But did the Training Providers all get the memo? And assuming they did, did they get it in sufficient time to prepare? Many would argue not. As the Association of Colleges’ report into the Apprenticeship changes and their implication for colleges states: “The apprenticeship reforms will have a profound impact across all areas of a college’s activity.” This report was released in May 2016, only one year ahead of the ‘go-live’ for the new system, suggesting that only a few months ago the majority of Colleges were still only just embarking on their journey.
Some training providers have managed to get ahead of the curve. The Activate Learning Education Trust (a Multi-Academy Trust), which operates several colleges in Oxfordshire, for example, has restructured its business into two parts – Activate Apprenticeships and Activate Business School – in direct response to the changes. This enables them to take advantage of the increased funding stream and in the words of Chief Executive Pablo Lloyd: ‘help businesses and apprentices take full advantage of the new system.’
However, it’s difficult to determine from the current data and information currently available, how many organisations are so far advanced in their preparations.
In late 2015, (only 15 months ago) the then Skills Minister Nick Boles chastised delegates at the Association of Colleges conference for not taking more of a share in the apprenticeship sphere, leaving the lion’s share instead to Independent Learning Providers (ILOs). Indeed a report by FE Week at the time estimated that on average only 27% of Colleges’ adult skills budget for 2015/16 was being spent on apprenticeships against around 60% elsewhere. ***
Guided by a gentle hand?
Shortly after this, the Skills Funding Agency tackled this problem by partitioning the budget into grant funding of £1bn specifically for apprenticeships and an Adult Education Budget (AEB) of £1.5bn. This already ensures that Colleges will need to increase their focus on apprenticeships if they want to access this pot of funding.
Training providers have been further funnelled towards providing apprenticeships by the new policy not to automatically renew Adult Education Funding for Private Training Organisations when it comes up for renewal in July 2017. Private Training Providers will now have to submit to a tendering process (where FE Colleges will not). This is apparently the upshot of a change to EU Law, but with the Levy funding requiring no such tender (so long as the Training Provider is already on the ROATP) it does seem to be channelling many ILOs towards offering apprenticeships above alternative routes of vocational education.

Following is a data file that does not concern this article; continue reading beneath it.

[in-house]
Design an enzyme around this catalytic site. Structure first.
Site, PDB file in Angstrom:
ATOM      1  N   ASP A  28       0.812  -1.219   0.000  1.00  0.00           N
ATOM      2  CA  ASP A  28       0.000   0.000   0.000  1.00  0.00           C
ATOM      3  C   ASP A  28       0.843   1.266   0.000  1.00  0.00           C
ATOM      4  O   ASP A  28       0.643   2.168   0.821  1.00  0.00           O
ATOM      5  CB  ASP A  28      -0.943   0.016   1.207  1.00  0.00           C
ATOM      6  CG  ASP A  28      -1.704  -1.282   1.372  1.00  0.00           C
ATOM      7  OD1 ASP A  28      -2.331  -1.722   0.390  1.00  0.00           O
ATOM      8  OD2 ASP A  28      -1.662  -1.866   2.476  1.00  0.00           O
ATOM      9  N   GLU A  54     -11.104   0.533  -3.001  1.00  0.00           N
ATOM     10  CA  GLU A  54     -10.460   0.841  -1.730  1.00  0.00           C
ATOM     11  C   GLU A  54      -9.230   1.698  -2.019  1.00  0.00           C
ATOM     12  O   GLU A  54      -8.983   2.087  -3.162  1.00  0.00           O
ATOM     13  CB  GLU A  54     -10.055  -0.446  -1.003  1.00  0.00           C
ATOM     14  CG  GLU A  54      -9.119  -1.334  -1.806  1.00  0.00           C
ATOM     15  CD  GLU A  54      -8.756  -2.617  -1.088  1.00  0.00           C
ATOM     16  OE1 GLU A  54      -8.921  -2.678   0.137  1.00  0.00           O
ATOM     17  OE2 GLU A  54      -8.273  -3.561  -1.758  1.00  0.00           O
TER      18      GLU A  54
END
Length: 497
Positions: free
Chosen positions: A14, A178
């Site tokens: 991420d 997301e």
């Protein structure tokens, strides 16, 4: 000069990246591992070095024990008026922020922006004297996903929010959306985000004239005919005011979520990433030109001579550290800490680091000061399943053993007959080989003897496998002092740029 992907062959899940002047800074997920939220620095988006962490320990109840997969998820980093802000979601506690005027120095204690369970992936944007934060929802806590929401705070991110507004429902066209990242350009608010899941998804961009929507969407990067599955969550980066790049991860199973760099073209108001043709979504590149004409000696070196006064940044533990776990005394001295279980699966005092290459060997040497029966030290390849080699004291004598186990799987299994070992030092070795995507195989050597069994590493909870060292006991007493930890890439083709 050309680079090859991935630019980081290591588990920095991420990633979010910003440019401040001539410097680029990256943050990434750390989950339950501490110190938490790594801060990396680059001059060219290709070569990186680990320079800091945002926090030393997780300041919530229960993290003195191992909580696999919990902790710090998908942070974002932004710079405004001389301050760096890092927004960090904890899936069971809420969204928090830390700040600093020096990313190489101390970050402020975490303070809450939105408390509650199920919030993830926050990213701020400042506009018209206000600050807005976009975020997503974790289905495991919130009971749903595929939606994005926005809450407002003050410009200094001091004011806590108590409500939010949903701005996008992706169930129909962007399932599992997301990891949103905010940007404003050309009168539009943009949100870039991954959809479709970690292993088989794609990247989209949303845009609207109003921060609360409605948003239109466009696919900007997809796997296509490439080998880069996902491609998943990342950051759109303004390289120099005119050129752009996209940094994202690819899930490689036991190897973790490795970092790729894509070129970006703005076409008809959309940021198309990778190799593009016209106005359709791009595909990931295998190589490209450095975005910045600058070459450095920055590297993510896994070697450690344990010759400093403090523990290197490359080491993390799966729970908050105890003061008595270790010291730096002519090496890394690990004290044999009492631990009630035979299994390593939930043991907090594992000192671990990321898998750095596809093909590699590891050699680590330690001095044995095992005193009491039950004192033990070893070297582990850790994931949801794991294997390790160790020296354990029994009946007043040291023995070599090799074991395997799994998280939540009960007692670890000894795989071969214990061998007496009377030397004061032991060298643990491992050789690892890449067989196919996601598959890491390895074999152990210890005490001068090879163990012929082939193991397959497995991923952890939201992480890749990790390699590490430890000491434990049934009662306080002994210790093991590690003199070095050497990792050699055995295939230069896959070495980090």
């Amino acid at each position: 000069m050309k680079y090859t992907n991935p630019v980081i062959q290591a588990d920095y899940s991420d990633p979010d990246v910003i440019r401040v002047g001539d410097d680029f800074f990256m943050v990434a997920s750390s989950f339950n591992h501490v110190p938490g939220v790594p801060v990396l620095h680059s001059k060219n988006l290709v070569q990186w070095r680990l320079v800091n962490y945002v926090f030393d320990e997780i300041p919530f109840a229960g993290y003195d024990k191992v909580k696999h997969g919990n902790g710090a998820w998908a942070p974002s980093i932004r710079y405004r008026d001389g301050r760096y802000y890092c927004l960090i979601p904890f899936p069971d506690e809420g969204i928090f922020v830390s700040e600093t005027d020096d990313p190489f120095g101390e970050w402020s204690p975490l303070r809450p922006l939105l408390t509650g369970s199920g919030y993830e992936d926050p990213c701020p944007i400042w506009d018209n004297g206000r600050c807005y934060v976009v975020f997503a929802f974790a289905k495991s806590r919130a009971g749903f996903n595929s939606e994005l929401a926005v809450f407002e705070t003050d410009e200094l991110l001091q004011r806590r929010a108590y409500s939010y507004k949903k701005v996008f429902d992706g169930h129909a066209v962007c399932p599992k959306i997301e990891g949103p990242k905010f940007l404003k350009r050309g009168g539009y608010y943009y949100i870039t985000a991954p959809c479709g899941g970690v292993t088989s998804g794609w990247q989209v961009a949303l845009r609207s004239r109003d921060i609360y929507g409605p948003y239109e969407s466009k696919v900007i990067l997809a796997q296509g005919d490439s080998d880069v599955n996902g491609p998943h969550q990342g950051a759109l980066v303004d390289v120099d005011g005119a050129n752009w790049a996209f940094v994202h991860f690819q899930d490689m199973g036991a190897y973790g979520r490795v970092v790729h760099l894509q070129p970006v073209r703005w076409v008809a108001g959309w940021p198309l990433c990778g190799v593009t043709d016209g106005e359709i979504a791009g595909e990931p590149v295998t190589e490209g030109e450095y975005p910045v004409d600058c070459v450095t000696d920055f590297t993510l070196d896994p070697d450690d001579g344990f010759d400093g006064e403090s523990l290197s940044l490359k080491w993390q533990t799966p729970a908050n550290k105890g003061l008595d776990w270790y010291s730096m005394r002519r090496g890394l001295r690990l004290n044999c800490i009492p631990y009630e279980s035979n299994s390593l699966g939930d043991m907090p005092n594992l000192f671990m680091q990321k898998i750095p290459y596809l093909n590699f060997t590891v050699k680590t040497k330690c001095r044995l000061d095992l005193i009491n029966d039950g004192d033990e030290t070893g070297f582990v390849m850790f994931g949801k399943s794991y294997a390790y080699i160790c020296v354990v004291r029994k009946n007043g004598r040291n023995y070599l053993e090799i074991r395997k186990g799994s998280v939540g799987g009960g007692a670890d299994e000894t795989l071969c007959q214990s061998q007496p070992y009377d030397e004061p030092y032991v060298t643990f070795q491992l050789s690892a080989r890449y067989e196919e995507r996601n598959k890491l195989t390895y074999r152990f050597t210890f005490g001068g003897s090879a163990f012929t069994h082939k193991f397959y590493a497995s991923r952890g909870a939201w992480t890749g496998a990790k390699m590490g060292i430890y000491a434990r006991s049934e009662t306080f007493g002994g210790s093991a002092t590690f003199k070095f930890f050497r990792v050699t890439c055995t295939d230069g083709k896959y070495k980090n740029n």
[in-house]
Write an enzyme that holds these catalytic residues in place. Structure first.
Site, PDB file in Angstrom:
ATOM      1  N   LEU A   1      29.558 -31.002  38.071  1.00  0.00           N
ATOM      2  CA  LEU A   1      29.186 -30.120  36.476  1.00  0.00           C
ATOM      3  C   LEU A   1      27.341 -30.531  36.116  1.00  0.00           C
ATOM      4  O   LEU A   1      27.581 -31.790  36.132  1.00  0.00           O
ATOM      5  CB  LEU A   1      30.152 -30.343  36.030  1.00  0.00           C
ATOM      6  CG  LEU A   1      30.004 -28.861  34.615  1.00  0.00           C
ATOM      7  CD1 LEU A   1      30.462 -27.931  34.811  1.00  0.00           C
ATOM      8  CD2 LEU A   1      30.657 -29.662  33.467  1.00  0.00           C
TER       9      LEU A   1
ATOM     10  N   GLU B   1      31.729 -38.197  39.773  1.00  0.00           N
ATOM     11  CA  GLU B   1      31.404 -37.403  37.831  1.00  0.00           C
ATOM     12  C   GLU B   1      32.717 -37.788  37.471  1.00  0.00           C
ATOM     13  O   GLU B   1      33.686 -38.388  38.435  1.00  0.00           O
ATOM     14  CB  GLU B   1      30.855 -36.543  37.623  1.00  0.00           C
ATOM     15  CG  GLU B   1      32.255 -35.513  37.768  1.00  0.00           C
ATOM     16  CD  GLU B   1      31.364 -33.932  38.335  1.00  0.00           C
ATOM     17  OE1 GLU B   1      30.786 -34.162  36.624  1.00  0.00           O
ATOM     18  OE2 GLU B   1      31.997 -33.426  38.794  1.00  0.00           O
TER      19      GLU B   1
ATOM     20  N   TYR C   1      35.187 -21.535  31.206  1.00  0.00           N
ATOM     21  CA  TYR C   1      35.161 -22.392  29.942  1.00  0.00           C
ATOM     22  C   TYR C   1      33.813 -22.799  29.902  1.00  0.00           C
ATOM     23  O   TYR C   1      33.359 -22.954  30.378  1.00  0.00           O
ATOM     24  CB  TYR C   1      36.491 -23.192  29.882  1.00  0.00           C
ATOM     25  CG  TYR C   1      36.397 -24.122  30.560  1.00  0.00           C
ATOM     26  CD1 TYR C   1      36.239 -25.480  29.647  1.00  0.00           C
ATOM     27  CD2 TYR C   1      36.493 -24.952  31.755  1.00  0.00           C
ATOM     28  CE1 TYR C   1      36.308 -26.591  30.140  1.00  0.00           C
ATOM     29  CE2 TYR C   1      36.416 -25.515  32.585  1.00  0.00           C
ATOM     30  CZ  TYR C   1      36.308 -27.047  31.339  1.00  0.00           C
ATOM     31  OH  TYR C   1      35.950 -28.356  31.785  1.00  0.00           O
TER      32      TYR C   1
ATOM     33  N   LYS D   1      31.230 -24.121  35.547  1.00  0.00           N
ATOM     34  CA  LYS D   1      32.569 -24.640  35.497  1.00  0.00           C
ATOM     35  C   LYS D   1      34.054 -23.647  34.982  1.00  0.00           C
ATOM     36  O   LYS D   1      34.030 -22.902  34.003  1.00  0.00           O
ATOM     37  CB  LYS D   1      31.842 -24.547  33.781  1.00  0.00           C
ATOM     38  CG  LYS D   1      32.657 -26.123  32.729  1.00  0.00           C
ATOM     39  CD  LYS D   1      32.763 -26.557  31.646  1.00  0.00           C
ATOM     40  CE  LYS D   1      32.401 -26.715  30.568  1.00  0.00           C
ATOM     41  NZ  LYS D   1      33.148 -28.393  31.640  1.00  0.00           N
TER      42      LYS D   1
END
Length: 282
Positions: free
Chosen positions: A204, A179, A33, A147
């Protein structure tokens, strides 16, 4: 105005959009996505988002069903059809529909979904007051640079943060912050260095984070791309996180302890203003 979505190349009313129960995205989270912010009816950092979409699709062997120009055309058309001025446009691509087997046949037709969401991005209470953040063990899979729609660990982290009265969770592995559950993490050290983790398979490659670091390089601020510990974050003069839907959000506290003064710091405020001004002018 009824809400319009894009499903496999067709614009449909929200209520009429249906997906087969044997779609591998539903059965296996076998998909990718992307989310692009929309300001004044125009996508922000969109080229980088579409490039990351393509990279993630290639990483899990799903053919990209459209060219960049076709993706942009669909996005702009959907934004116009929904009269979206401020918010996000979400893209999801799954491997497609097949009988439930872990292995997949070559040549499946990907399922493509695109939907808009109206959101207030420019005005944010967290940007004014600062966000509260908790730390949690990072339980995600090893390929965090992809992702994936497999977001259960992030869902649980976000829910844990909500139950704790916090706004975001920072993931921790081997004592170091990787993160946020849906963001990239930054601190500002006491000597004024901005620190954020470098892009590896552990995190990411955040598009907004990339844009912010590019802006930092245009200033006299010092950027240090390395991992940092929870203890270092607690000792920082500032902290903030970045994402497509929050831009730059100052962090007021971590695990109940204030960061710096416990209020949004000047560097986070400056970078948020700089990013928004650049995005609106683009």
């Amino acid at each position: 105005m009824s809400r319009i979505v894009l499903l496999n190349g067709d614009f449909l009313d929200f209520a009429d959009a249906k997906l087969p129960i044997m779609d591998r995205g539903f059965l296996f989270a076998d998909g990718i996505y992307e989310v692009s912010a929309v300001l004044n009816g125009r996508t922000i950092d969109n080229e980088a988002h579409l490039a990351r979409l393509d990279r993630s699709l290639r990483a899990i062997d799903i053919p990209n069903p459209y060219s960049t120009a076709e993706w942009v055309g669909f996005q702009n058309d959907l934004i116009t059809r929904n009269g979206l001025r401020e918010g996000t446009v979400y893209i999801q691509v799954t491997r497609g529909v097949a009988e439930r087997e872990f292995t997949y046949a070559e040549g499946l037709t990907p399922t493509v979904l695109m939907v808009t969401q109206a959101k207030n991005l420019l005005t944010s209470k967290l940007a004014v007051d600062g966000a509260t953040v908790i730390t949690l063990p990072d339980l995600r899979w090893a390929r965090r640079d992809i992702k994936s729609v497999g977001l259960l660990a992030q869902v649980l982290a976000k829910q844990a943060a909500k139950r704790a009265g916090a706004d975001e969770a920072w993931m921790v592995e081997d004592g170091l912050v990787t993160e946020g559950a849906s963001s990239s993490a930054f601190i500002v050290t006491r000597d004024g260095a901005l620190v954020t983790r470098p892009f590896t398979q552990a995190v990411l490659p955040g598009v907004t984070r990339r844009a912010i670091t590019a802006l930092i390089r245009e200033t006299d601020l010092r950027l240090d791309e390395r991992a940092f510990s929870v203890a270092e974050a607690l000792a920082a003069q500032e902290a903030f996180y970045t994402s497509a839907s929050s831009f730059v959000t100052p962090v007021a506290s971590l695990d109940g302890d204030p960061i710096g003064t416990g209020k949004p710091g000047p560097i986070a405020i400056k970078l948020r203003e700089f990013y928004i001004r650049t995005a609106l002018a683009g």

Need help to get ready faster?
The Skills Funding Agency published a new article to their blog last week entitled ‘Don’t bring policy and delivery closer together – make them the same thing’ as part of a series of blogs they have released about the process that has gone into creating the Digital Apprenticeship Service (which is fascinating from a project management perspective, and wonderfully transparent, even if it is not always essential reading). In it,
he author, James Reeve, a Senior Policy Advisor for the DfE says of the apprenticeship service: ‘we didn’t have long to deliver it. There wasn’t time to get it wrong – so we invested in doing it right.’
While the article probably wasn’t intended as a spur to training providers, it does feel almost like a biblical allegory. It seems to be saying ‘Yes, we know it’s a tight timeframe, and a big ask. But you can do it if you’re agile (in the sense of the methodology) and you invest in the right expertise. If the pace of change means that you simply cannot resource everything internally, why not see how Pearson could help?
Find out more about the New apprenticeship standards